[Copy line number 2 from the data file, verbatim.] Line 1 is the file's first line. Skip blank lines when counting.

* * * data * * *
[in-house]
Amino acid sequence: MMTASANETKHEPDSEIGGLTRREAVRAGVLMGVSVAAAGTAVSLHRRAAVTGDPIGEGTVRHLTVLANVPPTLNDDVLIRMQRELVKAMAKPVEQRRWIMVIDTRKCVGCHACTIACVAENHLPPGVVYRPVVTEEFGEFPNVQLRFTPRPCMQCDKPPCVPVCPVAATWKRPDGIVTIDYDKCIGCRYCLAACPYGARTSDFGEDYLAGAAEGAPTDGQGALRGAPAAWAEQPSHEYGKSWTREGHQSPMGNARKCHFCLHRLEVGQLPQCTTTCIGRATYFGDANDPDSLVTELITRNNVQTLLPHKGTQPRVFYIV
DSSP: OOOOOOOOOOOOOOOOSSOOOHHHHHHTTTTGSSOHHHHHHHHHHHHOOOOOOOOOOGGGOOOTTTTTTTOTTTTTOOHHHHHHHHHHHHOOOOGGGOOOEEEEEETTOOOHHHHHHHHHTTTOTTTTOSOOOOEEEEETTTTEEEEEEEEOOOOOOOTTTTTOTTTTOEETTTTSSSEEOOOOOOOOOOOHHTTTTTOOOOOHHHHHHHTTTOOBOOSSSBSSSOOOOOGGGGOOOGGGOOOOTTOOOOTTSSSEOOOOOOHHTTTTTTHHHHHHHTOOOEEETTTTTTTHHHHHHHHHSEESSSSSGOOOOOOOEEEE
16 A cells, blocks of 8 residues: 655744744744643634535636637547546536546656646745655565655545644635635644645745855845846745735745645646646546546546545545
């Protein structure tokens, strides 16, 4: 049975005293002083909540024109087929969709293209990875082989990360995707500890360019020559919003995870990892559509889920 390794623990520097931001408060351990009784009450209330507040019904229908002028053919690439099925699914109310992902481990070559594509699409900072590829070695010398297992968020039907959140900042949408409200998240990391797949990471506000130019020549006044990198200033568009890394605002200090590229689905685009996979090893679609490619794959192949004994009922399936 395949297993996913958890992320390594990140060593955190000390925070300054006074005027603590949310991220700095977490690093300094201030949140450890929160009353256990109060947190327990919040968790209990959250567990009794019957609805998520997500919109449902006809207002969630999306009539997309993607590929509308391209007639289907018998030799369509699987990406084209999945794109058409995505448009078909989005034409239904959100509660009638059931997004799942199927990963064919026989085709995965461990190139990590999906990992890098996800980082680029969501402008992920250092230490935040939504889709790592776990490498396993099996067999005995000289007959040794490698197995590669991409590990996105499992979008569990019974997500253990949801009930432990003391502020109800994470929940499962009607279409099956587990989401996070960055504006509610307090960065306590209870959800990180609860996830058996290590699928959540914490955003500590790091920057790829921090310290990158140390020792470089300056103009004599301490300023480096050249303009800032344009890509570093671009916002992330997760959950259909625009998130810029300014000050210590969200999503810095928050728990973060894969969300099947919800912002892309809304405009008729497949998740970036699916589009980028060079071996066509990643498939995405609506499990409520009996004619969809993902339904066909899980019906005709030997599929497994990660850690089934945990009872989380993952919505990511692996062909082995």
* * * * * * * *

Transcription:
Amino acid sequence: MMTASANETKHEPDSEIGGLTRREAVRAGVLMGVSVAAAGTAVSLHRRAAVTGDPIGEGTVRHLTVLANVPPTLNDDVLIRMQRELVKAMAKPVEQRRWIMVIDTRKCVGCHACTIACVAENHLPPGVVYRPVVTEEFGEFPNVQLRFTPRPCMQCDKPPCVPVCPVAATWKRPDGIVTIDYDKCIGCRYCLAACPYGARTSDFGEDYLAGAAEGAPTDGQGALRGAPAAWAEQPSHEYGKSWTREGHQSPMGNARKCHFCLHRLEVGQLPQCTTTCIGRATYFGDANDPDSLVTELITRNNVQTLLPHKGTQPRVFYIV